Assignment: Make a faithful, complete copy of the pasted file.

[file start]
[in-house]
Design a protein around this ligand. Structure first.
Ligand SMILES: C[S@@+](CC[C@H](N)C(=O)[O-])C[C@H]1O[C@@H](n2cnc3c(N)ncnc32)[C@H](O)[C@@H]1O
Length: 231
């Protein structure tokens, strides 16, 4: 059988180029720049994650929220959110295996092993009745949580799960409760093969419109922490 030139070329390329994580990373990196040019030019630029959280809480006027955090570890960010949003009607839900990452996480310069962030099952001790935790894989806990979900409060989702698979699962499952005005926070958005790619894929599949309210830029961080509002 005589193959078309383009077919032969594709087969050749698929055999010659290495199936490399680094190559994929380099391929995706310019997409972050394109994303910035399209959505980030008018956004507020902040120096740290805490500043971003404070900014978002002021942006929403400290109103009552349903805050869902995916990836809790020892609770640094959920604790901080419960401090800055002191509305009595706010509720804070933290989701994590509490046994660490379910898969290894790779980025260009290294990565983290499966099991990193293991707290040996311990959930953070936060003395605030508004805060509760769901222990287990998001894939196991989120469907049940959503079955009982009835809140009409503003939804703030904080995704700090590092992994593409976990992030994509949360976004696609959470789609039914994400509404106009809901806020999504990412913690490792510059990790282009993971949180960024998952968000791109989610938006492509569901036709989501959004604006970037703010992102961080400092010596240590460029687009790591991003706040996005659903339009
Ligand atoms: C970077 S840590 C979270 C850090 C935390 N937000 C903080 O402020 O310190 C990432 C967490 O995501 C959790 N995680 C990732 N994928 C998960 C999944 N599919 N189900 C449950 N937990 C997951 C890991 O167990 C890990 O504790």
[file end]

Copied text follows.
[in-house]
Design a protein around this ligand. Structure first.
Ligand SMILES: C[S@@+](CC[C@H](N)C(=O)[O-])C[C@H]1O[C@@H](n2cnc3c(N)ncnc32)[C@H](O)[C@@H]1O
Length: 231
């Protein structure tokens, strides 16, 4: 059988180029720049994650929220959110295996092993009745949580799960409760093969419109922490 030139070329390329994580990373990196040019030019630029959280809480006027955090570890960010949003009607839900990452996480310069962030099952001790935790894989806990979900409060989702698979699962499952005005926070958005790619894929599949309210830029961080509002 005589193959078309383009077919032969594709087969050749698929055999010659290495199936490399680094190559994929380099391929995706310019997409972050394109994303910035399209959505980030008018956004507020902040120096740290805490500043971003404070900014978002002021942006929403400290109103009552349903805050869902995916990836809790020892609770640094959920604790901080419960401090800055002191509305009595706010509720804070933290989701994590509490046994660490379910898969290894790779980025260009290294990565983290499966099991990193293991707290040996311990959930953070936060003395605030508004805060509760769901222990287990998001894939196991989120469907049940959503079955009982009835809140009409503003939804703030904080995704700090590092992994593409976990992030994509949360976004696609959470789609039914994400509404106009809901806020999504990412913690490792510059990790282009993971949180960024998952968000791109989610938006492509569901036709989501959004604006970037703010992102961080400092010596240590460029687009790591991003706040996005659903339009
Ligand atoms: C970077 S840590 C979270 C850090 C935390 N937000 C903080 O402020 O310190 C990432 C967490 O995501 C959790 N995680 C990732 N994928 C998960 C999944 N599919 N189900 C449950 N937990 C997951 C890991 O167990 C890990 O504790």